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The Life Cycle Of The Expatriate Work Assignment: A Simple Model For Engineering Education And Engineering Students

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1999 Annual Conference


Charlotte, North Carolina

Publication Date

June 20, 1999

Start Date

June 20, 1999

End Date

June 23, 1999



Page Count


Page Numbers

4.530.1 - 4.530.9

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R. Andrew Schaffer

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NOTE: The first page of text has been automatically extracted and included below in lieu of an abstract

Session 3560

THE LIFE CYCLE OF THE EXPATRIATE WORK ASSIGNMENT: A SIMPLE MODEL FOR ENGINEERING EDUCATORS AND ENGINEERING STUDENTS R. Andrew Schaffer Department of Organizational Leadership and Supervision Purdue School of Engineering and Technology, IUPUI

I. Introduction

As engineering educators and mentors, it is important for us to be aware of the current trends and research on expatriate assignments. Many of our students will accept jobs in multinational organizations and will be expected to work on cross-national project teams, often in international settings. However, the existing literature on expatriate assignments tends to fall into very focused, topical groupings. While many theoretical and empirical papers have addressed individual elements of the expatriate experience (i.e., cross-cultural training), little has been done to consider the assignment in its entirety. This is an oversight because each "stage" of an expatriate assignment influences other stages and ultimately affects the expatriate engineer’s or engineering manager’s career success.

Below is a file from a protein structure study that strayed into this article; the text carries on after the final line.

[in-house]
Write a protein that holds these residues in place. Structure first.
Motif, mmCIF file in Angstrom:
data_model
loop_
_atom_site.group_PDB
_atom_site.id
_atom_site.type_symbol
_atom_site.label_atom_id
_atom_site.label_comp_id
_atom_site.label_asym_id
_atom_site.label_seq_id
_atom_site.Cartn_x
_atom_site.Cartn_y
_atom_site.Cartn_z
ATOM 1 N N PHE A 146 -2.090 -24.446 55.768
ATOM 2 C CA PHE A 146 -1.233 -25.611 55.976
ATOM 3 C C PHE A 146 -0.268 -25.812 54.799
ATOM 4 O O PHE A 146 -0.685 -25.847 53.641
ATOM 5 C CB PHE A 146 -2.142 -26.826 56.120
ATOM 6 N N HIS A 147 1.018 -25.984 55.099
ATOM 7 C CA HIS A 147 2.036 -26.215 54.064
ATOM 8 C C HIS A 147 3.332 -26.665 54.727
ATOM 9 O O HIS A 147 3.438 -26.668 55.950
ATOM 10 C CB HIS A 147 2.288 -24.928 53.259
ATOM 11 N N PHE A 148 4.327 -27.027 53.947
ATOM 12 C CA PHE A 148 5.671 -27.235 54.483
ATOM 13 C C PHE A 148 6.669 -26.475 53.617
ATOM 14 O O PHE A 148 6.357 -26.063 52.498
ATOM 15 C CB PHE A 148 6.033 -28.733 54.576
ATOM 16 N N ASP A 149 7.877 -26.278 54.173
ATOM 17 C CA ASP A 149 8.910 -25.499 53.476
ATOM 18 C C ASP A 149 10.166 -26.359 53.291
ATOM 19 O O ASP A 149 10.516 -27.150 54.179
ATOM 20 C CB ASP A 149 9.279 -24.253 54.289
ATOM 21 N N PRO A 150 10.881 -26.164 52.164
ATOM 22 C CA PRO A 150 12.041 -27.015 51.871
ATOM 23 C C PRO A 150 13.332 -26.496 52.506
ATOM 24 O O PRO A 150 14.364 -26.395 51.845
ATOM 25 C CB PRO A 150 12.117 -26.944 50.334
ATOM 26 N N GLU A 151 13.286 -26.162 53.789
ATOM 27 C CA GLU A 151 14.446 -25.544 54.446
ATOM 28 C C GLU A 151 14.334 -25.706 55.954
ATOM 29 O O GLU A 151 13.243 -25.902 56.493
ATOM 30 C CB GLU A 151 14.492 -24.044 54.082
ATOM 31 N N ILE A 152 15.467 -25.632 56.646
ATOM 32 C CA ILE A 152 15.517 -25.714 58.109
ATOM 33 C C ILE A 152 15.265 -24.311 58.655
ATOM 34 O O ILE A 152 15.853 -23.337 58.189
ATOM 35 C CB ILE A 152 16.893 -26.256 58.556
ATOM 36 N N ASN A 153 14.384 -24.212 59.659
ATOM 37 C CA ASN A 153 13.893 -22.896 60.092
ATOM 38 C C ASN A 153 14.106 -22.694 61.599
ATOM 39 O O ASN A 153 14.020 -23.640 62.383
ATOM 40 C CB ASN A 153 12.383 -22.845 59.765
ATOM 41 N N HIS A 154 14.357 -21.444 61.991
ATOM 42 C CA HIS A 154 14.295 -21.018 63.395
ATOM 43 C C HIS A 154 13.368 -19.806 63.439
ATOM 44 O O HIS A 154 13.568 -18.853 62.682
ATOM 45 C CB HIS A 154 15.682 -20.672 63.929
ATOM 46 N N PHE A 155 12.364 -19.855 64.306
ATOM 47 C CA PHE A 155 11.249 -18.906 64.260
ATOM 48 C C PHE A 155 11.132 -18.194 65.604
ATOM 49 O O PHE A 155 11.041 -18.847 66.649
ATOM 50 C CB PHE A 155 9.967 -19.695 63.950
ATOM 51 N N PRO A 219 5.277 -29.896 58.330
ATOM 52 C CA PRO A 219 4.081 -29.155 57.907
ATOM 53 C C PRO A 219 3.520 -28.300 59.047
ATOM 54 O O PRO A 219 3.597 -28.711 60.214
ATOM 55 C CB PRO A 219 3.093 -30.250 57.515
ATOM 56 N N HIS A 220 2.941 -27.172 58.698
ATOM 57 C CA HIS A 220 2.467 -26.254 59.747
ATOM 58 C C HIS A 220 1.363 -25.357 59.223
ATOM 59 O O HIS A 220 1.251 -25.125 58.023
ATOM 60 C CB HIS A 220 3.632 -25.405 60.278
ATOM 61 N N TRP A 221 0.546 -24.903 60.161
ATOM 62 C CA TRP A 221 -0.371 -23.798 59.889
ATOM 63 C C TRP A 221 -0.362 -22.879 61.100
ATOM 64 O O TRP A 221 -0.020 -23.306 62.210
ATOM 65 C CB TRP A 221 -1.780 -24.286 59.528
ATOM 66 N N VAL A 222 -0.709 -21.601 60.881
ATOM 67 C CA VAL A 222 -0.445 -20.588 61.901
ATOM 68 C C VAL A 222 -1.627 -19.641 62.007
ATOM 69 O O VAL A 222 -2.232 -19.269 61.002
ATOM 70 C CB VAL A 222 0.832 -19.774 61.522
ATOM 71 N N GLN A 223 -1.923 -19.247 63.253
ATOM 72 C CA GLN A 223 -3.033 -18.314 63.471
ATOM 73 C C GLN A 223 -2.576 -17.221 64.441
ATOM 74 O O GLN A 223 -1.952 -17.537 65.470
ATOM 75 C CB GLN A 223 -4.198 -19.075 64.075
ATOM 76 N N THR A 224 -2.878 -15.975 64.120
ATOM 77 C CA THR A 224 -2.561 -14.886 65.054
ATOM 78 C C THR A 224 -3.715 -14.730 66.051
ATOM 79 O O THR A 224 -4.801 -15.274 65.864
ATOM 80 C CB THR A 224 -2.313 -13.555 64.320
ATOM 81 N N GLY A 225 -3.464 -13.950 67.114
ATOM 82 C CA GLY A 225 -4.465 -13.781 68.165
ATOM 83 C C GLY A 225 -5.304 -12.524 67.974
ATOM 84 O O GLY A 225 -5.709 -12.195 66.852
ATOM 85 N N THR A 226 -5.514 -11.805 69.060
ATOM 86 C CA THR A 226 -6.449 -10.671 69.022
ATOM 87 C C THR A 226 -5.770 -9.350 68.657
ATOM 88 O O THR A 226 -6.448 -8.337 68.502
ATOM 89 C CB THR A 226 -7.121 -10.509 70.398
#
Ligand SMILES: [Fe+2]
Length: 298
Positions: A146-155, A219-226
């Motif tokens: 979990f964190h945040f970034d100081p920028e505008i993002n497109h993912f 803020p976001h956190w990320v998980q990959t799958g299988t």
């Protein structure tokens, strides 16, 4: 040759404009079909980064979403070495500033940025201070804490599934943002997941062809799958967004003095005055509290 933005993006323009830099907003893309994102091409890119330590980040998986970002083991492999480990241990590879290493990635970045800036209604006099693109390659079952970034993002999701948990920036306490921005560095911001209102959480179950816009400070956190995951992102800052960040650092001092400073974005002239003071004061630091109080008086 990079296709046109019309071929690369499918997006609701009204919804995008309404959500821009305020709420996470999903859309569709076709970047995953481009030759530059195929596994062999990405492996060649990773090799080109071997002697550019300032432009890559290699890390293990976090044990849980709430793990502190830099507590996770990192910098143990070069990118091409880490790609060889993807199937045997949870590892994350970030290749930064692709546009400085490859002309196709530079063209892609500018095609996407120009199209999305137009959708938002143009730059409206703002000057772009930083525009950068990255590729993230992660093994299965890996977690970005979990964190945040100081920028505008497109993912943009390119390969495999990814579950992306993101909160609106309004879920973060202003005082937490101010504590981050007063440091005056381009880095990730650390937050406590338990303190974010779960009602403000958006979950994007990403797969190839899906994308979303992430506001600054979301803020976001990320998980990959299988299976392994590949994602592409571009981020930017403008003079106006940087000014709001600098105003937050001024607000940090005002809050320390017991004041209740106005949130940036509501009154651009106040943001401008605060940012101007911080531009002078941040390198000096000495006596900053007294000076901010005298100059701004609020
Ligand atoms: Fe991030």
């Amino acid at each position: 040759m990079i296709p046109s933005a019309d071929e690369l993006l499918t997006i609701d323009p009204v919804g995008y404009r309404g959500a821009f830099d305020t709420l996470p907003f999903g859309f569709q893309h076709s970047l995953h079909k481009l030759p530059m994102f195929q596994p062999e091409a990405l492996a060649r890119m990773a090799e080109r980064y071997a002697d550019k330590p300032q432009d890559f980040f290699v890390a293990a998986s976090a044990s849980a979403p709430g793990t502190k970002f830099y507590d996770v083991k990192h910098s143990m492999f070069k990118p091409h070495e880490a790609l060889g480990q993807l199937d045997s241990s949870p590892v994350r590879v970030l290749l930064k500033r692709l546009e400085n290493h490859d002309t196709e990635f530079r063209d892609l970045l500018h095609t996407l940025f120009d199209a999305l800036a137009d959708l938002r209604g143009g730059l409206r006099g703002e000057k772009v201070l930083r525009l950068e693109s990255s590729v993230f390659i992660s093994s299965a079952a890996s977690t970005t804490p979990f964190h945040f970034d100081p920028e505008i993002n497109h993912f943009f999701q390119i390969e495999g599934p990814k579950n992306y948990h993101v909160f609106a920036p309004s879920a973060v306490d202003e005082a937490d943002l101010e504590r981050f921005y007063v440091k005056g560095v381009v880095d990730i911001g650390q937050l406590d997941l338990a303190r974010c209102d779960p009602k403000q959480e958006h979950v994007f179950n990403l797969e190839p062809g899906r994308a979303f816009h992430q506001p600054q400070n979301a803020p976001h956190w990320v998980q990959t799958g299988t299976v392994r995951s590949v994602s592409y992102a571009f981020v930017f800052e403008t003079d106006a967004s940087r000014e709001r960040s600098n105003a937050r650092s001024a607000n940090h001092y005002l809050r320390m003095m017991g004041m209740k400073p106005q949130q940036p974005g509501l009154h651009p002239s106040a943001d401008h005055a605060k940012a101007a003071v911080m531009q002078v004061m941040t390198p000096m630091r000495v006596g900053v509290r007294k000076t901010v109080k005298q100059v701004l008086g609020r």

The model presented in this paper follows a logical approach to the expatriate assignment: The firm must decide whether it needs an expatriate, it must recruit a qualified candidate, and perhaps provide training and orientation. The expatriate must move abroad, adapt, perform the work, and return home to an organization that may have changed. Throughout the process, the engineer's career aspirations and the organization's goals will impact how the individual and the organization progress through each stage of the model. In addition, a crucial influence is the strategic orientation of the firm. Current research and sage advice on expatriate assignments rarely considers this important determinant of the expatriate experience, but our students must know this if they are to succeed in an increasingly-competitive global market.

In this paper, the primary argument is that educators should understand and explain the whole assignment for potential future expatriate engineers and engineering managers. Likewise, researchers should consider the overall assignment, and not individual elements, when developing research programs in this area.

For engineering educators, it is important to understand and explain these organizational and cultural variables to students who are very likely to face the challenge of an expatriate assignment sometime in their careers. This paper provides details of the model to assist faculty in that endeavor.

Schaffer, R. A. (1999, June), The Life Cycle Of The Expatriate Work Assignment: A Simple Model For Engineering Education And Engineering Students Paper presented at 1999 Annual Conference, Charlotte, North Carolina.

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